Inhibition of mitochondrial respiration in vivo is an early event in acetaminophen-induced hepatotoxicity
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- Donnelly, P.J., Walker, R.M. & Racz, W.J. Arch Toxicol (1994) 68: 110. doi:10.1007/s002040050043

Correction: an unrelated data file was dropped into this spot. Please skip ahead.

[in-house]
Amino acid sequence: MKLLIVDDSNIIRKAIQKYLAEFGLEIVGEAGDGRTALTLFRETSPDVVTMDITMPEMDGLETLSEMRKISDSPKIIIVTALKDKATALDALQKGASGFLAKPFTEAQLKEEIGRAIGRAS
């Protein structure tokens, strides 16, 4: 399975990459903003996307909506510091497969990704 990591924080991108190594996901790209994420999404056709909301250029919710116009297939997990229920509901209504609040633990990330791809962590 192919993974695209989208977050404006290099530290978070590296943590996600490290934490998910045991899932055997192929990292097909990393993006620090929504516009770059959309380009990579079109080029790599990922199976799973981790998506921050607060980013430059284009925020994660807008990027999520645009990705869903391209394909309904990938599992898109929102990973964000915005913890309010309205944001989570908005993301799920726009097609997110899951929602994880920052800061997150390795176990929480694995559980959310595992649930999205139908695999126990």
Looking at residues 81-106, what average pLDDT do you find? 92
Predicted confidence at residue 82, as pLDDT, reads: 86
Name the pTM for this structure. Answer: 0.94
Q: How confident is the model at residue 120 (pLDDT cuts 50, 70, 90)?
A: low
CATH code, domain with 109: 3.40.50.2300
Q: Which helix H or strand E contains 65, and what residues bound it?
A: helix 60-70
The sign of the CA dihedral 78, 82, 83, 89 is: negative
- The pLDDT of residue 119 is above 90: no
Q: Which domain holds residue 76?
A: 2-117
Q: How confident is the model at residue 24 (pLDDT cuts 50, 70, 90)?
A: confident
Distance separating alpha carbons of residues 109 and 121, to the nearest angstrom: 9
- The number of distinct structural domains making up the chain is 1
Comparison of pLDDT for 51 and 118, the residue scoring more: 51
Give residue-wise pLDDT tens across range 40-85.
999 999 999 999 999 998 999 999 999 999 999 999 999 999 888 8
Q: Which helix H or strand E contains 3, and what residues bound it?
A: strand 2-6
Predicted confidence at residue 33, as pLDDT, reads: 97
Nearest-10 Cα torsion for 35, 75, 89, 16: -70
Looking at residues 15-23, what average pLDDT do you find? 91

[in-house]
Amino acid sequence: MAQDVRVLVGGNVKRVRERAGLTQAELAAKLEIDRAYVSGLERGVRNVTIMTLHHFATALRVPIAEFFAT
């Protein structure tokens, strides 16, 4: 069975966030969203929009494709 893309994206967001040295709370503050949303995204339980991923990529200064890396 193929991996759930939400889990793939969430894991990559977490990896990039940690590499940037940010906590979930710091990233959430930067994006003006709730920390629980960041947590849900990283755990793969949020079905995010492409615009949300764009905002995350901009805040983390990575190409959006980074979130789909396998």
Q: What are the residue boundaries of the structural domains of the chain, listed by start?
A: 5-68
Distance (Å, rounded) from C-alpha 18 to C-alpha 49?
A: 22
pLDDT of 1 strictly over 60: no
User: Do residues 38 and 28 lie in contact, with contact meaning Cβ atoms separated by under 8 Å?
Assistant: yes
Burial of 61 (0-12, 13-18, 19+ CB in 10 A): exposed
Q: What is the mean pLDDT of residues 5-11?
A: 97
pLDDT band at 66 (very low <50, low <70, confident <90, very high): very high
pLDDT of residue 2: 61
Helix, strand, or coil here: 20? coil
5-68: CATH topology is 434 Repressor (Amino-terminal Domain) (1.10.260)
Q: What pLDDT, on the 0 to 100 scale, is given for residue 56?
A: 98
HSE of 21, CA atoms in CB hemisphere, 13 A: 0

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Morphological changes in mitochondria are observed early in the course of acetaminophen (AA)-induced hepatotoxicity, and mitochondrial dysfunction has been observed both in vivo and in vitro following exposure to AA. This study examined the early effects of AA exposure in vivo on mitochondrial respiration and evaluated the effectiveness ofN-acetyl-L-cysteine (NAC) in protecting against respiratory dysfunction. Mitochondria were isolated from the livers of fasted, male CD-1 mice 0, 0.5, 1, 1.5 or 2 h after administration of a hepatotoxic dose of AA (750 mg/kg). Glutamate- and succinate-supported mitochondrial respiration were subsequently assessed by polarographic measurement of state 3 (ADP-stimulated) and state 4 (resting) rates of oxygen consumption and determination of the corresponding respiratory control ratios (RCR: state 3/state 4) and ADP:O ratios. Hepatotoxicity was assessed histologically and by measuring plasma alanine aminotransferase (ALT) activity. The earliest sign of mitochondrial dysfunction observed in this study was a significant decrease in the ADP:O ratio for the oxidation of glutamate 1 h post-dosing. At 1.5 and 2 h post-dosing the RCRs for both glutamate- and succinate-supported respiration were significantly decreased. All of the respiratory parameters measured in this study were significantly decreased, with the exception of succinate-supported state 4 respiration which was significantly increased, 2 h after AA administration. Thus, inhibition of mitochondrial respiration preceded overt hepatic necrosis, indicated by an elevation of ALT activity, which was not observed until 3 and 4 h post-dosing. In addition, mitochondrial respiratory dysfunction correlated with morphological alterations. Inhibition of mitochondrial respiration therefore appears to be an early event in the course of AA-induced hepatotoxicity. Cotreatment with NAC (1200 mg/kg) completely prevented the AA-induced impairment of mitochondrial respiration and the development of histopathologic damage. The protection afforded by NAC in these experiments indicates thatN-acetyl-p-benzoquinone imine (NAPQI), the reactive metabolite of AA, is responsible for the observed inhibitory effects, and suggests that mitochondrial dysfunction makes an important, if not essential, contribution to the development of AA-induced hepatotoxicity.